A bill introduced this week by Rep. Louis Slaughter (N.Y.) would require the Food and Drug Administration to withdraw the sub-therapeutic use of seven classes of antibiotics in food animals. Specifically, the Preservation of Antibiotics for Medical Treatment Act 2009 would target penicillins, tetracyclines, macrolides, lincosamides, streptogramins, aminoglycosides and sulfonamides.
A coalition of 20 livestock organizations is opposing the bill, which they say will cause increased animal disease and death.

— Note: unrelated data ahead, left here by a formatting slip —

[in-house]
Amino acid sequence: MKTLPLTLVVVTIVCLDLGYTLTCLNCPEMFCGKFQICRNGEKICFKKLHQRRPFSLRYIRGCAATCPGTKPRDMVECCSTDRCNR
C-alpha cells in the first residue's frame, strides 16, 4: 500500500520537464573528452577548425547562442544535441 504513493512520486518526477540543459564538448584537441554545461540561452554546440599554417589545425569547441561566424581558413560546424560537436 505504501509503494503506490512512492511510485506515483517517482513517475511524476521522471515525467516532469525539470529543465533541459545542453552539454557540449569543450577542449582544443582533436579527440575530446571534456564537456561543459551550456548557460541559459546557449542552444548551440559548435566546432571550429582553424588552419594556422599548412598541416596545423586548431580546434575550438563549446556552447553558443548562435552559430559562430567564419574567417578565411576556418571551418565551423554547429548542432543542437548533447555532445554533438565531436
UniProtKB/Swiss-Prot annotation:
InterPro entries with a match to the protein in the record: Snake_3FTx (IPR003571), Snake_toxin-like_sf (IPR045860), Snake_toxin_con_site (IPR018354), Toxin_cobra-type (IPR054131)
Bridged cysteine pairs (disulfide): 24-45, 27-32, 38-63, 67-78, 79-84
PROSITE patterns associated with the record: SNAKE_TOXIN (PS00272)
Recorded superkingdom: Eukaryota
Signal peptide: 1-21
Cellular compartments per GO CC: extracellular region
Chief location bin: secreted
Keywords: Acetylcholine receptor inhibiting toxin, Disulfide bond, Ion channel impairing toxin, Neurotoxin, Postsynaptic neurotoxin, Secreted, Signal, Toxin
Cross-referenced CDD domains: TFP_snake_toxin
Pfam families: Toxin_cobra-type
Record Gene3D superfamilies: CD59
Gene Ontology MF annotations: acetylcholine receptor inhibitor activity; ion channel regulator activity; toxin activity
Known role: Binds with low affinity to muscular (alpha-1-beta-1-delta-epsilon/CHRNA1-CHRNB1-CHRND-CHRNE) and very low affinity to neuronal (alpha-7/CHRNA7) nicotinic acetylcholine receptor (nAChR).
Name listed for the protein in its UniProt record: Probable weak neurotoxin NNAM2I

Rep. Steve King (Iowa), who represents the largest pork-producing congressional district in America said, "The bill takes away a tool from farmers that they can use to prevent disease in animals. Critics of agriculture claim that feeding antibiotics to animals for 'feed efficiency' has lead to an increase in antibiotic resistant bacteria. These critics fail to grasp that 'feed efficiency' is a benefit of disease prevention. We must allow farmers to be pro-active and prevent potential debilitating, expensive illnesses from affecting their livestock."
Reprinted from USAHA News Alert